Haplology

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Haplology is the reduction of a sequence of two identical or very similar syllables to a single such syllable.

Examples

  • Middle English humblely > Modern English humbly (Campbell 1998:37)
  • Basque sagar "apple" + ardo "wine" > sagardo "cider" (Trask 1996:68)

Example

the English possessive 's is not pronounced after the plural morpheme -s (e.g. John's reaction vs. the two cats' reactions). In Dutch, the noun-forming suffix -eling may attach to nouns, verbs and adjectives (dorpeling 'villager', zuigeling 'infant', stommeling 'idiot'). If the base ends in the sequence -el, one of the -el-sequences is haplologically deleted (edel 'noble', edeling 'nobleman').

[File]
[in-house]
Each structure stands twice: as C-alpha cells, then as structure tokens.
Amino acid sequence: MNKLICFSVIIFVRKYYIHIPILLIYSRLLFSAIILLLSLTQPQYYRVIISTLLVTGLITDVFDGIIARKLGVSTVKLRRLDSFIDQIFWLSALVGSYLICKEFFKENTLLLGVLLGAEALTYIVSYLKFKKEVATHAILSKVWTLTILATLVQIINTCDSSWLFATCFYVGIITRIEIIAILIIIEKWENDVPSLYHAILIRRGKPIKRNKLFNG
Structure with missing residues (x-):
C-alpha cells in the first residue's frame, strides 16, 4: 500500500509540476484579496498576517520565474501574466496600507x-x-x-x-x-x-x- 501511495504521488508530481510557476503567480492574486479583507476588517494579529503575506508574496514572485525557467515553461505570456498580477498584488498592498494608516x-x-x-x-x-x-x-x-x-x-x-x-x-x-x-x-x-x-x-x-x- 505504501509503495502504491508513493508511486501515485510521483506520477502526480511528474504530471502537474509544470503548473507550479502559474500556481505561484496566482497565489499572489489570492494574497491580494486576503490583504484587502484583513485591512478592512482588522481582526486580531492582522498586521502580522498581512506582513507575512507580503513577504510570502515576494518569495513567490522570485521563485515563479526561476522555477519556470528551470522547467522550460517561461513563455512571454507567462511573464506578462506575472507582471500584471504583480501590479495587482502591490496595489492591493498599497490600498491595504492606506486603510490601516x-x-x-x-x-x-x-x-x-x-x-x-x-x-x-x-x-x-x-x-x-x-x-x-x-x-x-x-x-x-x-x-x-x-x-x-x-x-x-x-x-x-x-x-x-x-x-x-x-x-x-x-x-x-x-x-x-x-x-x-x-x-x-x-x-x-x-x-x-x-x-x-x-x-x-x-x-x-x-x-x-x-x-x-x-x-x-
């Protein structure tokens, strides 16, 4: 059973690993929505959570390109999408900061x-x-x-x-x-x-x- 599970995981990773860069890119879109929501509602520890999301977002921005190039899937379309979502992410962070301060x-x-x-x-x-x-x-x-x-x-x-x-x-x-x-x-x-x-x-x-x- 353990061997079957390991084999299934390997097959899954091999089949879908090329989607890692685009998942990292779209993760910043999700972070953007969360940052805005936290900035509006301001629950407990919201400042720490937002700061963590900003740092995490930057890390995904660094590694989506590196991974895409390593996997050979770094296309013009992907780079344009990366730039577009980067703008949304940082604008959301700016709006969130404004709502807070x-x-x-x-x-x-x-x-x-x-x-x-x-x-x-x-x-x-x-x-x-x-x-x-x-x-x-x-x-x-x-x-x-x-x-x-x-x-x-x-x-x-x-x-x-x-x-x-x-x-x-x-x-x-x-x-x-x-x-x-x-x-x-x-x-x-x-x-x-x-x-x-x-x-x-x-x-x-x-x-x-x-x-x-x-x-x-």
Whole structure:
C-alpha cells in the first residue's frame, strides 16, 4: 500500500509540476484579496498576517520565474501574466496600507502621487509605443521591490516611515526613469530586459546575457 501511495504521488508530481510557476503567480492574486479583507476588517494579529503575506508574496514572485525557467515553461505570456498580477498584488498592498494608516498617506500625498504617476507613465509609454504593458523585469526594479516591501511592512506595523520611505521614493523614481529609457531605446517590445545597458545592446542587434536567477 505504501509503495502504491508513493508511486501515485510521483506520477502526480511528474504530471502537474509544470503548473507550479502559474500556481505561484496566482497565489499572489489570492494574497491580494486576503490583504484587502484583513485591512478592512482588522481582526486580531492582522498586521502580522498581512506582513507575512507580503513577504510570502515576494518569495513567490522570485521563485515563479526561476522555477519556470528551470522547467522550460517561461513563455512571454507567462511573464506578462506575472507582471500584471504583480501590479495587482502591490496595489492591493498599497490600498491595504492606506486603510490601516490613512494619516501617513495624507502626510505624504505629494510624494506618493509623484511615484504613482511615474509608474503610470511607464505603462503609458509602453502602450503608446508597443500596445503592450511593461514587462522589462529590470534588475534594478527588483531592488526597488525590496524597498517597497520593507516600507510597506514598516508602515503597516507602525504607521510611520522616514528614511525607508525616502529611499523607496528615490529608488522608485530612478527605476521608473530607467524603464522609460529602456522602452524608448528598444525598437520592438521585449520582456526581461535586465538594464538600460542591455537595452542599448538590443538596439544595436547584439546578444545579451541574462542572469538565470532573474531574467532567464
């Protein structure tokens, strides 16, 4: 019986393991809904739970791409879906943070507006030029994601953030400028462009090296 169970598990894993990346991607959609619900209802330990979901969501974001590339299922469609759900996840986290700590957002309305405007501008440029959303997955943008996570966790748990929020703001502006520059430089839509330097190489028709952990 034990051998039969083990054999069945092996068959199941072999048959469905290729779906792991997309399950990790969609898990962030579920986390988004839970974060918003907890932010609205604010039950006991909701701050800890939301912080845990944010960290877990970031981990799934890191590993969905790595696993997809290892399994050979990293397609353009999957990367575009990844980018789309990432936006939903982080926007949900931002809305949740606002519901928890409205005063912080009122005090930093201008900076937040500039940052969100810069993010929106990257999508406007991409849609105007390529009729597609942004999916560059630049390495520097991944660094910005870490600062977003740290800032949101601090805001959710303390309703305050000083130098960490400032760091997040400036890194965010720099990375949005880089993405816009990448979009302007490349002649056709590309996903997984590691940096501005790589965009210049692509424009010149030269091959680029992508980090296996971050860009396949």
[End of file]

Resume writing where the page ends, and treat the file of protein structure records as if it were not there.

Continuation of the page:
Link

Utrecht Lexicon of Linguistics

References

  • Haas, W. de & M. Trommelen 1992. Morfologisch Handboek van het Nederlands, SDU, Den Haag.
  • Spencer, A. 1991. Morphological Theory, Blackwell, Oxford.
  • Campbell, Lyle. 1998. Historical Linguistics: An Introduction. Edinburgh: Edinburgh University Press.
  • Trask, R. L.. 1996. Historical Linguistics. London: Arnold.

Other languages